This research shows three kinds of activity that people spend way too much time on:
- Organization: Work content is spread across files and cloud content in different silos. We spend a lot of time just finding what we need before we can start working on it.
- Contextualization: It’s hard to put content together with the communication about it. Constantly shifting context requires mental overhead and cuts into our ability to think clearly, leading to stress and burnout.
- Prioritization: With everything so scattered and fragmented, it’s hard to know what’s really important.
These activities are an increasing part of modern work, and they all get in the way of maintaining focus. And these problems are compounded for every team member as well, so there’s a lot to gain from taming this complexity. We think our intelligence solutions can help address these pain points at work.
What’s our next step?
One example of a user experience we’re exploring as part of the DBXi initiative is demonstrated in the animation above. In this prototype, we’ve evolved the existing desktop surface where our users check sync activity and see notifications into a more dynamic view that intelligently highlights their most important work connected to Dropbox.
We suggest the most relevant content by traversing a user-specific graph that connects people, content, and activity signals in privacy-preserving ways. This includes not only files but also content like Google Docs, as well as collaborative activity in emails, messaging apps, and calendars—whatever a user chooses to connect to Dropbox. And we make all this content searchable in this surface as well. To cut through the noise, we prioritize notifications and show content related to calendar events in personalized activity feeds. And to declutter these feeds, we cluster content and collaborative activity across silos so users can immediately see which projects need their attention and be only a click away from the content they need.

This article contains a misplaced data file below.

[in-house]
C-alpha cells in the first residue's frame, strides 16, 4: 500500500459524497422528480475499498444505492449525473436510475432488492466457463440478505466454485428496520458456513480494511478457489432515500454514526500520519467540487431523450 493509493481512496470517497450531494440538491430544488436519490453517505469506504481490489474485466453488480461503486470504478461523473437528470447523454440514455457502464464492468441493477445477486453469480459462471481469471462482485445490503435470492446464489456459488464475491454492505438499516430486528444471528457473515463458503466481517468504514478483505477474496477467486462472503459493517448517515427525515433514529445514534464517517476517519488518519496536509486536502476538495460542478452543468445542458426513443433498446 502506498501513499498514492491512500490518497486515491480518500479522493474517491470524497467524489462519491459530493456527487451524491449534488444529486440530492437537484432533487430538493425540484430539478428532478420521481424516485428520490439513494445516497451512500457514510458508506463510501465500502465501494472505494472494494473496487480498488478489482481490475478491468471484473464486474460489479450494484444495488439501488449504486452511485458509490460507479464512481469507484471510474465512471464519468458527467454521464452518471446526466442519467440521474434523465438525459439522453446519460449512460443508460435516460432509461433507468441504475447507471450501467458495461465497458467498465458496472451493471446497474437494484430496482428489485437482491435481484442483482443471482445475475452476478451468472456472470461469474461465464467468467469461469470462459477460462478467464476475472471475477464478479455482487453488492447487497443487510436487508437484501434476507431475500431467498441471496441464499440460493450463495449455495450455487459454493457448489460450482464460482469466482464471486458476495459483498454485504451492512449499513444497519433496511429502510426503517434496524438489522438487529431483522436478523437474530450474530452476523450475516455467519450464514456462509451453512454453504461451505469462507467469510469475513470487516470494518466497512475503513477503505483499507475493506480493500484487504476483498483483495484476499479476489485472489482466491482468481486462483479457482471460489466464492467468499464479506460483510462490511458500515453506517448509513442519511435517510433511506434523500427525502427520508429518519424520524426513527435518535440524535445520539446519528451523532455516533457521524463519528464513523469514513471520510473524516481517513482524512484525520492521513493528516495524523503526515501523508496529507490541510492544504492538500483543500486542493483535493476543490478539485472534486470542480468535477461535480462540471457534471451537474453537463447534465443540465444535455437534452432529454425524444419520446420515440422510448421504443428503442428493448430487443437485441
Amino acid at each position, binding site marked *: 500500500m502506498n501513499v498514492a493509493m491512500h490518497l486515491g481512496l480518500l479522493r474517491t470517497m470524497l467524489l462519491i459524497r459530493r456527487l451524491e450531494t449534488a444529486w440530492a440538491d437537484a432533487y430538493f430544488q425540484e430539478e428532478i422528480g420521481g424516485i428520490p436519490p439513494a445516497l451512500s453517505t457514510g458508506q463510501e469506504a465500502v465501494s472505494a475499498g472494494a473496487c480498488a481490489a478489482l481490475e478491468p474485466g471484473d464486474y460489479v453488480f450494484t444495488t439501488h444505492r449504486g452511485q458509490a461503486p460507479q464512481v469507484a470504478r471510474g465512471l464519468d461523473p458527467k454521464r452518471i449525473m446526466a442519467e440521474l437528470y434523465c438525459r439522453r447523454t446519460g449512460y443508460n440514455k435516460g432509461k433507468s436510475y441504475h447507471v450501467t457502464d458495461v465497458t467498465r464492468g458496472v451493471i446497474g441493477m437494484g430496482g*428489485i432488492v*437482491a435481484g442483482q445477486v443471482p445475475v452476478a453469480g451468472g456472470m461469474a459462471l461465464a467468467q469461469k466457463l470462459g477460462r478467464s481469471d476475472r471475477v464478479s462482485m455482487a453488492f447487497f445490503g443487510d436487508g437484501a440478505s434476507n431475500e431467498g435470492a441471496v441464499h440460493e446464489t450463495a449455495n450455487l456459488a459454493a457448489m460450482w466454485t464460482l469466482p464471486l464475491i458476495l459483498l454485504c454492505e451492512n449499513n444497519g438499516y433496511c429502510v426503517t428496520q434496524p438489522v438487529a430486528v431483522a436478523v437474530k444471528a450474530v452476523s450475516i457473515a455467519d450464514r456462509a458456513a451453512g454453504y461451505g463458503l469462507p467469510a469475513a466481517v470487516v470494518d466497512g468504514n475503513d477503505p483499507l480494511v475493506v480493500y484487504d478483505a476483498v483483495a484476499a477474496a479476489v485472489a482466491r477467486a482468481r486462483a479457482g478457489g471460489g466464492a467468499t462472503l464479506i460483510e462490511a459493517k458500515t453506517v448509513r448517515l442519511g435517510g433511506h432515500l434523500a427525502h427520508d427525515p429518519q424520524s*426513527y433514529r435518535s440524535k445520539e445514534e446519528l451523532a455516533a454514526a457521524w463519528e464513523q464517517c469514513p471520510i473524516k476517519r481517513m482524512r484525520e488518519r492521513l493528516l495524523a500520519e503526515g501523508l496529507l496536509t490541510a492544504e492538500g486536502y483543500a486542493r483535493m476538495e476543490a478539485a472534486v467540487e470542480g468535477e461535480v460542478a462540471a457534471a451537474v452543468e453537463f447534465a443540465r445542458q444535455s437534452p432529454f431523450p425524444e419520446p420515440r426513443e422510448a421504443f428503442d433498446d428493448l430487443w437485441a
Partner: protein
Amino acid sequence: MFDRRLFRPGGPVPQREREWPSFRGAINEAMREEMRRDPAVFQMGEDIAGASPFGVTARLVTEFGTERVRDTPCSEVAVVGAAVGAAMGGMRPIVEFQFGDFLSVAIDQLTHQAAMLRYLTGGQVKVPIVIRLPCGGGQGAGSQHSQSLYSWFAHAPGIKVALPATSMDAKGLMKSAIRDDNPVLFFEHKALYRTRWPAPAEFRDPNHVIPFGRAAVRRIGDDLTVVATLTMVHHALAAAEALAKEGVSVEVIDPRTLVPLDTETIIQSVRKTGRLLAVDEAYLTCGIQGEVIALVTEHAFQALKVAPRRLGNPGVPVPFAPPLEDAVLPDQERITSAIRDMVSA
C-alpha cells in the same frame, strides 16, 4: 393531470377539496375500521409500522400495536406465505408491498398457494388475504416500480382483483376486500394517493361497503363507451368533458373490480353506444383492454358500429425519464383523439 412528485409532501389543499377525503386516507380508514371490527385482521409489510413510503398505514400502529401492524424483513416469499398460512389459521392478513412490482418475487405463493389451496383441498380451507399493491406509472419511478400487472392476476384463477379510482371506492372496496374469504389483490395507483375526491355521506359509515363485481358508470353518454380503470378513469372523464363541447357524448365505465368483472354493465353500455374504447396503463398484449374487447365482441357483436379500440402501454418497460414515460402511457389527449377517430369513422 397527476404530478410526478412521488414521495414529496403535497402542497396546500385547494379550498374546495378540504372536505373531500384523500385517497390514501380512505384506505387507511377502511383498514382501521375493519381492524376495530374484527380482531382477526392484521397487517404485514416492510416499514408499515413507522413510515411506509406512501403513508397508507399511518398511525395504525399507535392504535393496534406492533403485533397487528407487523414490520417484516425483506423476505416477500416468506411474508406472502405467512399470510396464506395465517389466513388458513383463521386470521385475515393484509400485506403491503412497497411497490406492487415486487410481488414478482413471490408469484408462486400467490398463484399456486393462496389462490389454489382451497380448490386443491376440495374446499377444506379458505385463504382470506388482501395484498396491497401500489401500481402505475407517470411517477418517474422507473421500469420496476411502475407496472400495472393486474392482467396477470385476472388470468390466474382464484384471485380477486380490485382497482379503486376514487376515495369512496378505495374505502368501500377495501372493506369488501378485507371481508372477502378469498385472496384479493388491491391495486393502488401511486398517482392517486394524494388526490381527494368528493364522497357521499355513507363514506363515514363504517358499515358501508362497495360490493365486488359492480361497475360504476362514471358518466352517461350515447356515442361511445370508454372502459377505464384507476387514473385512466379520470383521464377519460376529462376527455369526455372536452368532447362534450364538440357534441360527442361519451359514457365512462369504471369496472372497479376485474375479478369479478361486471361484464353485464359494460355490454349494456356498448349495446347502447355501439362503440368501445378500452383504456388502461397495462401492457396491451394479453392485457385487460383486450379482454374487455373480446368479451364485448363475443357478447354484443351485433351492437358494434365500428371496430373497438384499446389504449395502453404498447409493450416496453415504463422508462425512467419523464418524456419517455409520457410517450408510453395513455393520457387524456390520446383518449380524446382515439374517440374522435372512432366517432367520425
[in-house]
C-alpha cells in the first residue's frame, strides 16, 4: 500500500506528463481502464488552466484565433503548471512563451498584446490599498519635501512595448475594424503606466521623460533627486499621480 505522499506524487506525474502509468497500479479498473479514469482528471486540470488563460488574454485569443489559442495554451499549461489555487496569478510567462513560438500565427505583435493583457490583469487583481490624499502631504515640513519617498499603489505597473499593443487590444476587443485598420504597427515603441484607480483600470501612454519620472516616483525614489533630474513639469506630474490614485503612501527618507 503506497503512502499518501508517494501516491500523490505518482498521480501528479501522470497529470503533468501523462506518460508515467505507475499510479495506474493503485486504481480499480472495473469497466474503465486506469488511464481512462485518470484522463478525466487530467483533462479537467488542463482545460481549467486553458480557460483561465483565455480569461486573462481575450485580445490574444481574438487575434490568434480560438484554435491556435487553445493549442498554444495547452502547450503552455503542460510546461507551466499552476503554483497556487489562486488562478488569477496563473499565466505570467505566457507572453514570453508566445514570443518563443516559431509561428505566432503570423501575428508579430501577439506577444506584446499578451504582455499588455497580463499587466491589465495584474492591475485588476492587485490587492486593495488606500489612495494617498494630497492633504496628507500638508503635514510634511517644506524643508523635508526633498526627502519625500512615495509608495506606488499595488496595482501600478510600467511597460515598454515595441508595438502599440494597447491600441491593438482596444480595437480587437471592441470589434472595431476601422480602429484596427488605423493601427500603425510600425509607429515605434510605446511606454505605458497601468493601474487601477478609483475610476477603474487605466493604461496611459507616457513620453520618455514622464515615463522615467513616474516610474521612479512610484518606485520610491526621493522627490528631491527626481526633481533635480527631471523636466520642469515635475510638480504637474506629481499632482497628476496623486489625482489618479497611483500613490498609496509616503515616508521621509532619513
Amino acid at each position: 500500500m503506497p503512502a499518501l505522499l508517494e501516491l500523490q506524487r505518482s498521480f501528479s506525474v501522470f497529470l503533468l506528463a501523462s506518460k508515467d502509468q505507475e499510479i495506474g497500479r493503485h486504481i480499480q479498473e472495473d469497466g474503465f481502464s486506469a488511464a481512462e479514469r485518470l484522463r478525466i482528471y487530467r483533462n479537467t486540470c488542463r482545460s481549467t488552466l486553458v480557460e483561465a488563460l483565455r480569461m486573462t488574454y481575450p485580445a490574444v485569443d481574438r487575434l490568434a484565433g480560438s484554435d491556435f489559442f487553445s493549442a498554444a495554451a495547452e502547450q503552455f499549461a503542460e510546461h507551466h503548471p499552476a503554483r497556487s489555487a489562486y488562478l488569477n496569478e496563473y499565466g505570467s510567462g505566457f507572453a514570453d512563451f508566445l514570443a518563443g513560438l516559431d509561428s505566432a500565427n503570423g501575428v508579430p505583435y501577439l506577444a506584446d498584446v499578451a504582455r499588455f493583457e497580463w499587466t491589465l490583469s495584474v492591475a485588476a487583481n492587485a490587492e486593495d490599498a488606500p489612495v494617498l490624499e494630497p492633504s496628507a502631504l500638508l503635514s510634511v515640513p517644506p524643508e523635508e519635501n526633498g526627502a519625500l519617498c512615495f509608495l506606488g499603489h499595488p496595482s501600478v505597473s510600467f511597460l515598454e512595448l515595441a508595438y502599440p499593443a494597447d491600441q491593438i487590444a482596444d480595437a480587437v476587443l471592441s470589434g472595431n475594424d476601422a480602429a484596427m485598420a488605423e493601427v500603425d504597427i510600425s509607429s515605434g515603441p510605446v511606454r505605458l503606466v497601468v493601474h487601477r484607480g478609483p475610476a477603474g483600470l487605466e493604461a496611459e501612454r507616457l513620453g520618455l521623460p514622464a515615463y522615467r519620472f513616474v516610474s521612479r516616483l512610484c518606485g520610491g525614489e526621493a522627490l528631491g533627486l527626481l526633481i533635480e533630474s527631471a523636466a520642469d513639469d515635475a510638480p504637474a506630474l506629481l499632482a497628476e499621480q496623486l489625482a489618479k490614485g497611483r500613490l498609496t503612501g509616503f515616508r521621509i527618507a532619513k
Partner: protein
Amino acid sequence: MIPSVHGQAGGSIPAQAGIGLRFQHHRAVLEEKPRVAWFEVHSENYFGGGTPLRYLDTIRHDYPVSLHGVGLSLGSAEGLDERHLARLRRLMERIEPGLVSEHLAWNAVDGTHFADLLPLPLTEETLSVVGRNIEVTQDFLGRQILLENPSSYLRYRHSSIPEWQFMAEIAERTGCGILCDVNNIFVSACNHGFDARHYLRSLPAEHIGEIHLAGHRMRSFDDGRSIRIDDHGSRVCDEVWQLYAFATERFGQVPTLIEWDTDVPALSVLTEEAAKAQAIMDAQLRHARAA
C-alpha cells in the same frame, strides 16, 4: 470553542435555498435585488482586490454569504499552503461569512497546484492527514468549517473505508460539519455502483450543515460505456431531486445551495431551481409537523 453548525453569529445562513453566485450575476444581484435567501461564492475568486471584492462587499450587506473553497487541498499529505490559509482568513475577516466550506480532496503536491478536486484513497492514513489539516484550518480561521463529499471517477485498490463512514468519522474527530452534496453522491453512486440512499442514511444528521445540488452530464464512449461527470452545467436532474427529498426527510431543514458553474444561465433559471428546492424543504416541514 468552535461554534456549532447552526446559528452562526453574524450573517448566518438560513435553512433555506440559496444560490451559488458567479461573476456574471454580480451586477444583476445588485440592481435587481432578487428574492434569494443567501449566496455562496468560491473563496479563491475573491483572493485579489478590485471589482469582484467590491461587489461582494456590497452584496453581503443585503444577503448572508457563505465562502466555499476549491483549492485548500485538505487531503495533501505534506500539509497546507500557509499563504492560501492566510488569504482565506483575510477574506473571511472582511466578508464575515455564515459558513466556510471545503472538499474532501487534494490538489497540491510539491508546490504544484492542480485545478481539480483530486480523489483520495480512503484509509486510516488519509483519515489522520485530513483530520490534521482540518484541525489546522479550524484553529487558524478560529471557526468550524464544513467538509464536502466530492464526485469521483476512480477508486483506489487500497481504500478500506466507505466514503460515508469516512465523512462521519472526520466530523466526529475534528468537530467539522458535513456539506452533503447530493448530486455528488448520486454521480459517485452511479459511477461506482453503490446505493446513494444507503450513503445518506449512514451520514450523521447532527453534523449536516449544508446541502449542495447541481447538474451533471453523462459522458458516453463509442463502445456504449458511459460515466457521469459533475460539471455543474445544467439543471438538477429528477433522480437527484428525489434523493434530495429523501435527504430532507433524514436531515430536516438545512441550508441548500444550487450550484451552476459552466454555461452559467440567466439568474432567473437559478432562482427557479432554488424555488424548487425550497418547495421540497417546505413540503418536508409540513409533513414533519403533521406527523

This prototype is only one of many surfaces we’re exploring for intelligence. The data graphs and models we build for products and search are generally reusable across surfaces and features. By scaling our internal machine intelligence platform, DBXi is multiplying the efforts of our dedicated intelligence product team so all our engineers can modify and validate models for intelligent features, improved search, and other business optimizations. These scalable methods and common infrastructure give our product managers and designers the flexibility they need to experiment and take chances on novel directions.
From a technical perspective, these are important problems to solve, and success means not only intuitive user interfaces, but also lightning-fast response times, industry-leading prediction, and the highest standards for maintaining data privacy. Want to help us build the next-generation intelligent workspace? We’re hiring!